What Employers Really Want: Collaboration

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This is one of a series of posts based on LinkedIn’s Talent Solutions’ Guide: 30 Behavioral Interview Questions to Identify High-Potential Candidates.

Here’s the list of the qualities managers value:

  1. Adaptability
  2. Culture add
  3. Collaboration
  4. Leadership
  5. Growth potential
  6. Prioritization

“Plays well with others.” Such a simple remark on a kindergartner’s report card, but one that makes every parent beam with pride. And they should. Early signs of collaborative ability are markers of adult success. Learning to share, to let others take a turn, to be willing to follow as often as you lead… these are all essential skills for the workplace and the playground.

Here’s what LinkedIn’s guide says about collaboration:

“When you look at an organization’s top collaborative contributors, and look at employees who are recognized as top performers, there is about a 50 percent overlap. So hiring people who can collaborate effectively and work well with others is essential to success.”

True collaboration starts out with learning to talk to each other. Michael Michalko, syndicated from psychologytoday.com, writes: “In Greek, the word dialogue means a “talking through.” The Greeks believed that the key to establishing dialogue is to exchange ideas without trying to change the other person’s mind. This is not the same as discussion, which from its Latin root means to “dash to pieces.” The basic rules of dialogue for the Greeks were: “Don’t argue,” “Don’t interrupt,” and “Listen carefully.”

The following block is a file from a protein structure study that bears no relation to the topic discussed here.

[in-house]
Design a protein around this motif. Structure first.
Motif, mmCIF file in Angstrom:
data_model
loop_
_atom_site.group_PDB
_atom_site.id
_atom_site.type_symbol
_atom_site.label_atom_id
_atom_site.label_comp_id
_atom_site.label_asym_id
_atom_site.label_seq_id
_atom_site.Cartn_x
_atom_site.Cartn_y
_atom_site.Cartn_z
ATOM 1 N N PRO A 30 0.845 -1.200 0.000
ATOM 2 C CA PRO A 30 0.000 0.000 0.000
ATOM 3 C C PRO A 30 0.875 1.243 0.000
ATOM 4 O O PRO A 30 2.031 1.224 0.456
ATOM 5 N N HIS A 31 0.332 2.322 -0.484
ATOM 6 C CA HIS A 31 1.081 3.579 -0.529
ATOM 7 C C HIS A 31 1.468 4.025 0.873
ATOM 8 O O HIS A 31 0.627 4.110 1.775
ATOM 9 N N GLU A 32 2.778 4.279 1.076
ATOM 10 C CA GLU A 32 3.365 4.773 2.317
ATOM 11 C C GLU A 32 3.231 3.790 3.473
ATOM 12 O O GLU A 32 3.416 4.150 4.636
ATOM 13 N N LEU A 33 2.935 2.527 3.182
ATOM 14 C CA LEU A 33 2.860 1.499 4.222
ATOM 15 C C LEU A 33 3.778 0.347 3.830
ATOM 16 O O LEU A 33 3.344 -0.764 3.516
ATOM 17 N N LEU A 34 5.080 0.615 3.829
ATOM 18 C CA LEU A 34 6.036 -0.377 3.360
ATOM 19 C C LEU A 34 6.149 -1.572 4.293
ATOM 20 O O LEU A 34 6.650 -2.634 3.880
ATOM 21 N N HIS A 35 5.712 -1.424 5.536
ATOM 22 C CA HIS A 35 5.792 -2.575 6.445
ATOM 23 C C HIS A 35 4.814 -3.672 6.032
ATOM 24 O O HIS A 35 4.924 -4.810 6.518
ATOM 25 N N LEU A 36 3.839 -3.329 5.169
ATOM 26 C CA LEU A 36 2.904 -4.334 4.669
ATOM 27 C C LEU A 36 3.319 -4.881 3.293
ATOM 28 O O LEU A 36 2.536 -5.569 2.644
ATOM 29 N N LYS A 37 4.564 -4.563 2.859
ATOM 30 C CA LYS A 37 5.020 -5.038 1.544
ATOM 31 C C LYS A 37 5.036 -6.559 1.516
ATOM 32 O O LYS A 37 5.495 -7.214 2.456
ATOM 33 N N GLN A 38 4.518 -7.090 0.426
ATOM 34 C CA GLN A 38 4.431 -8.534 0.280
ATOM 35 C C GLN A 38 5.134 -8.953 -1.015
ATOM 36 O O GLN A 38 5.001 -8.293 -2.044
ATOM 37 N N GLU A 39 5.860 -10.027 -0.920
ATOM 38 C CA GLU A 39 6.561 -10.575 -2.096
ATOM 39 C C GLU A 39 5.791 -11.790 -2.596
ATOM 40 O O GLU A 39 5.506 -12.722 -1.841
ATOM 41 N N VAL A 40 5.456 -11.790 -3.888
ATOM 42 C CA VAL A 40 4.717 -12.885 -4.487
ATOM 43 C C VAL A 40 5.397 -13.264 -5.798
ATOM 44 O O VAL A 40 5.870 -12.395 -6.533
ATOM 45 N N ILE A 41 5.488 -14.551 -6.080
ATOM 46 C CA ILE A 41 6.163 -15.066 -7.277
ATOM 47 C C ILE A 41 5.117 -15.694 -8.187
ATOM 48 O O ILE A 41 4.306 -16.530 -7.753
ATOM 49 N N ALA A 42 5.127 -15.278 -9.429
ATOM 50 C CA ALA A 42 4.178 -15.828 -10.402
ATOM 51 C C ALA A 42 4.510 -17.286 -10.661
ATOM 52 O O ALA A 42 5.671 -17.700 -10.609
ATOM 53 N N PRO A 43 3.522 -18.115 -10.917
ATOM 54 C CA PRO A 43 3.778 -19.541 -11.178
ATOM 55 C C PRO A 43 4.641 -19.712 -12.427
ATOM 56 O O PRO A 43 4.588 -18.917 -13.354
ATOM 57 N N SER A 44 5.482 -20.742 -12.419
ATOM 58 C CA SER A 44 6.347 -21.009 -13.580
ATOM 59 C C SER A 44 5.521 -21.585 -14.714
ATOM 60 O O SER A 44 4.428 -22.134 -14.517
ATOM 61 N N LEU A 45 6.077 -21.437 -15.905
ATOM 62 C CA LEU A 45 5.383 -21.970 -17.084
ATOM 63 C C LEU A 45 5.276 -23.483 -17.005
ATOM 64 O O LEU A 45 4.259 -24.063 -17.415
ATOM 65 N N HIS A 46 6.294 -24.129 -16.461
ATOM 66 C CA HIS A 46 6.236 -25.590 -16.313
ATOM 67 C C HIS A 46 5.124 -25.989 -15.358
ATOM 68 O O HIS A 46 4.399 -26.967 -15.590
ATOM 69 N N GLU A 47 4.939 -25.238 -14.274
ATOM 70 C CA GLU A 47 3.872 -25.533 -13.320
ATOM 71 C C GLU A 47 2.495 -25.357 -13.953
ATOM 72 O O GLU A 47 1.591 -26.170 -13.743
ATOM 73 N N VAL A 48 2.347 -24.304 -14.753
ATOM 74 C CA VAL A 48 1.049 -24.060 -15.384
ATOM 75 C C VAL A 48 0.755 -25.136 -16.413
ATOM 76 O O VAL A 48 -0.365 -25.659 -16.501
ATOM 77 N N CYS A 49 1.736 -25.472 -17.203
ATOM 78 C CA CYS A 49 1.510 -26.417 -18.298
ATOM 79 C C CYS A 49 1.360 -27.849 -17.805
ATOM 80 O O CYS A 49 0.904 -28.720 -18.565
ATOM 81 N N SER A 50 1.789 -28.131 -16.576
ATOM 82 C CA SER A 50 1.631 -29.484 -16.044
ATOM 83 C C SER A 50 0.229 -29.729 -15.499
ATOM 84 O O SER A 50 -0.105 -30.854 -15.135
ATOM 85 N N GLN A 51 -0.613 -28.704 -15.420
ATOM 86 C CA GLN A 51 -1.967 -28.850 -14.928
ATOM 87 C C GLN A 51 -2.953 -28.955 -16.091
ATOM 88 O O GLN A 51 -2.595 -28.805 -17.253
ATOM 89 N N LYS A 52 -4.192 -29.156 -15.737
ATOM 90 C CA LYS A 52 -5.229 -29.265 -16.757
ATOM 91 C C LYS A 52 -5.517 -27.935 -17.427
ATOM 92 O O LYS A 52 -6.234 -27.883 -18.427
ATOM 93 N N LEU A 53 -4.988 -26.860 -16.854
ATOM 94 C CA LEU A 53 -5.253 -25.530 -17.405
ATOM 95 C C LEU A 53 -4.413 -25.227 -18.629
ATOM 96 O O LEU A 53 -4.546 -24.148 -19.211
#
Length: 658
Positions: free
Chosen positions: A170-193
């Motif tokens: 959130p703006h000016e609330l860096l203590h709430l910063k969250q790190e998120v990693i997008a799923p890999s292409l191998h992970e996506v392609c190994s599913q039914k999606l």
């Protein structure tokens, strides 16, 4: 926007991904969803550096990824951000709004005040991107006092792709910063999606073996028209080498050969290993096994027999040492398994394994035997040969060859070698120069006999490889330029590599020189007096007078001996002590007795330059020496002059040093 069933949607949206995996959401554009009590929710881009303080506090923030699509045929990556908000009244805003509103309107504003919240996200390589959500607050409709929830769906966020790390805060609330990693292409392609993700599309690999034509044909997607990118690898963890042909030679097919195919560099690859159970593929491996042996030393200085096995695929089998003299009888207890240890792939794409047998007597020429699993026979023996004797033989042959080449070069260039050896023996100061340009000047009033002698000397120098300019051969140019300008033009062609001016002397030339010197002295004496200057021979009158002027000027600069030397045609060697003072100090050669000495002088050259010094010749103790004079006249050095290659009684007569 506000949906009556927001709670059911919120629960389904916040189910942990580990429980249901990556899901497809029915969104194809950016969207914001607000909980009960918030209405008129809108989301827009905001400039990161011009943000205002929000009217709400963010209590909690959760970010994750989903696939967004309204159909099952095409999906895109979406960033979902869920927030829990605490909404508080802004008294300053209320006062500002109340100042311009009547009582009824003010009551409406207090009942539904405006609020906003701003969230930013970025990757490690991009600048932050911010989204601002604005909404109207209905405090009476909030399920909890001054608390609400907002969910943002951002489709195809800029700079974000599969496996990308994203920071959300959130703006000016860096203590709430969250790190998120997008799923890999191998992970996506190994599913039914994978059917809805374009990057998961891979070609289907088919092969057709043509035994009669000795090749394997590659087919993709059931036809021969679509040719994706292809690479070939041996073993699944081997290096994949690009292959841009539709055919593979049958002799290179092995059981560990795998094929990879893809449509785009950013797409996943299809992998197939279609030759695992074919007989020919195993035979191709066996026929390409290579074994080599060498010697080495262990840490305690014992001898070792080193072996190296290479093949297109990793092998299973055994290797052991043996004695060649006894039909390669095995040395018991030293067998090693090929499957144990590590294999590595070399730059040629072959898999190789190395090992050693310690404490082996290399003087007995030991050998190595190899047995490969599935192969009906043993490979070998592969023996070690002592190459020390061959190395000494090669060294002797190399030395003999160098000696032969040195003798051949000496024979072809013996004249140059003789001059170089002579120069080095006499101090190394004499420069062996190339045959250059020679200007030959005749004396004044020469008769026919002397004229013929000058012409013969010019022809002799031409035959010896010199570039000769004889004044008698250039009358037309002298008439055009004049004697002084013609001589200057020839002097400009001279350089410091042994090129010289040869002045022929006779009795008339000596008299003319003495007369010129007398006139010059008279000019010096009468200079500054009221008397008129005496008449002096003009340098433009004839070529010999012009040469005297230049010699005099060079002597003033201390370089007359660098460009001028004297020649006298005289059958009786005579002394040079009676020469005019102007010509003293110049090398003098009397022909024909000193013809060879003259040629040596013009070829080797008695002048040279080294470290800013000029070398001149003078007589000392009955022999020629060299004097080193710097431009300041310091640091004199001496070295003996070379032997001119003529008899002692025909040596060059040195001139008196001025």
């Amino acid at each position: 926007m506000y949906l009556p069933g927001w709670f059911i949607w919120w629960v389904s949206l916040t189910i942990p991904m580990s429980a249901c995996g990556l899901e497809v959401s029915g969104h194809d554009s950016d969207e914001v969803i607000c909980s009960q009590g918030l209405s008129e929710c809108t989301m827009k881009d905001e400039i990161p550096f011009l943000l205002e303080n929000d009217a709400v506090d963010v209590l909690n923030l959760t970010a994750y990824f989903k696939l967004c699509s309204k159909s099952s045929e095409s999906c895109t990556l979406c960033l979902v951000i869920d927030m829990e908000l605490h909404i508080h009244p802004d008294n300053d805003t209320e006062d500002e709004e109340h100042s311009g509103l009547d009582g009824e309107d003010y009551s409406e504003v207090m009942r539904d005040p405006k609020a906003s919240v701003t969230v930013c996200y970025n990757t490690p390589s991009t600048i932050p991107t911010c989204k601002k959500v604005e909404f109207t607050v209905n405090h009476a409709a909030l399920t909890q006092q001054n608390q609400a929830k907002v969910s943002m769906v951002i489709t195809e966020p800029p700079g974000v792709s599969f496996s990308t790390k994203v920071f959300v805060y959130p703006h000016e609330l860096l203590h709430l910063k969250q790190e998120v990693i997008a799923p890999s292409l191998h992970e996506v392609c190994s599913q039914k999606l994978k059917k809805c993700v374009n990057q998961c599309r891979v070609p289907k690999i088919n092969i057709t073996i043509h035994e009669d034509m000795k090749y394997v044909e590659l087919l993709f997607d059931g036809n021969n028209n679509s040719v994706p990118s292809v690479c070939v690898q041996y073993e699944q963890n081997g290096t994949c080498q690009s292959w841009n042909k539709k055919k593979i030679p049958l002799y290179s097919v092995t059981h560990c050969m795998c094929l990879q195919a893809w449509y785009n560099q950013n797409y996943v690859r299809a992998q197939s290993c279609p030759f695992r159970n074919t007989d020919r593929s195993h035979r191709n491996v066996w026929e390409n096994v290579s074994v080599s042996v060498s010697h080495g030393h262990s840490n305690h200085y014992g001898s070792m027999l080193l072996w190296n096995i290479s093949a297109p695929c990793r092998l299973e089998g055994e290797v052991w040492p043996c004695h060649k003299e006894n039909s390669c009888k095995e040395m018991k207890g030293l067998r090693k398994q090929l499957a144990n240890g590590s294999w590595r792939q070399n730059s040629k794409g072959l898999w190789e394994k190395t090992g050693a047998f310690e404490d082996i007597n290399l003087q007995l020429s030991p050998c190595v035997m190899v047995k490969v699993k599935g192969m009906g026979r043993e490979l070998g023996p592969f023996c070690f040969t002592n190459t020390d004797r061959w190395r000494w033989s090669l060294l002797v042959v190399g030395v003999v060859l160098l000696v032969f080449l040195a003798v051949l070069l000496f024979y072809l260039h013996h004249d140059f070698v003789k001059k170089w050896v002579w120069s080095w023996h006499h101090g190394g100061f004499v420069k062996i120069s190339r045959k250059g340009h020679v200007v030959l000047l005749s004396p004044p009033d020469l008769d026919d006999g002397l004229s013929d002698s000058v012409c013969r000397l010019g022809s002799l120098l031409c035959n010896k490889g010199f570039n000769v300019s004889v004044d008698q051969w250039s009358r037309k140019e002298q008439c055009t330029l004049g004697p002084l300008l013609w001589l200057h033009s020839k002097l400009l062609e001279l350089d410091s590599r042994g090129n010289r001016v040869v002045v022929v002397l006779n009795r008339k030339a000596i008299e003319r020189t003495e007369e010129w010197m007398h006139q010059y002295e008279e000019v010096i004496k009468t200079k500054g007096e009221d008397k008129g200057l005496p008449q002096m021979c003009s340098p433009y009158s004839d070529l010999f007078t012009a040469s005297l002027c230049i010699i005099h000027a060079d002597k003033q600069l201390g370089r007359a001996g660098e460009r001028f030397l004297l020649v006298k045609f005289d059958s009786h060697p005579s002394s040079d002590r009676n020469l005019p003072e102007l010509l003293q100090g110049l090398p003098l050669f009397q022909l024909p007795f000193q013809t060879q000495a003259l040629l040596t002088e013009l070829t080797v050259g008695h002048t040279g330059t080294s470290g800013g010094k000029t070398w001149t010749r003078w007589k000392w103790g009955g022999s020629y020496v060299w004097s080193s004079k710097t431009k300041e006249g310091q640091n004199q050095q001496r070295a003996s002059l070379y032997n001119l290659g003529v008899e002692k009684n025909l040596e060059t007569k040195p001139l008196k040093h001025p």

Here are the questions managers suggested for finding out more about a candidate’s commitment to collaboration:

  • Give an example of when you had to work with someone who was difficult to get along with. How did you handle interactions with that person?
  • Tell me about a time when you were communicating with someone and they did not understand you. What did you do?
  • Describe the best partner or supervisor with whom you’ve worked. What part of their managing style appealed to you?

I would add these:

  • Tell me about a time you excelled at the role of follower. What did you contribute of value to the team?
  • How easy is it for you to ask for help? How does it make you feel?

Teams that collaborate well are more creative, more productive and just plain happier.  If you are a candidate, it’s a good idea to prepare some stories that demonstrate your ability to play well with others – just like you did in kindergarten.

4 thoughts on “What Employers Really Want: Collaboration

  1. Socrates, DaVinci, Einstein, Richard Feynman, Steve Jobs, Elon Musk, and Donald Trump, among others, come to mind as interesting interview subjects. I wonder how they would fare, on most of these LinkedIn Qualities Managers Value? I know these are hypotheticals, speculative, but is fun to think about. Yes, I’m still reading. Thanks for the post. 🙂


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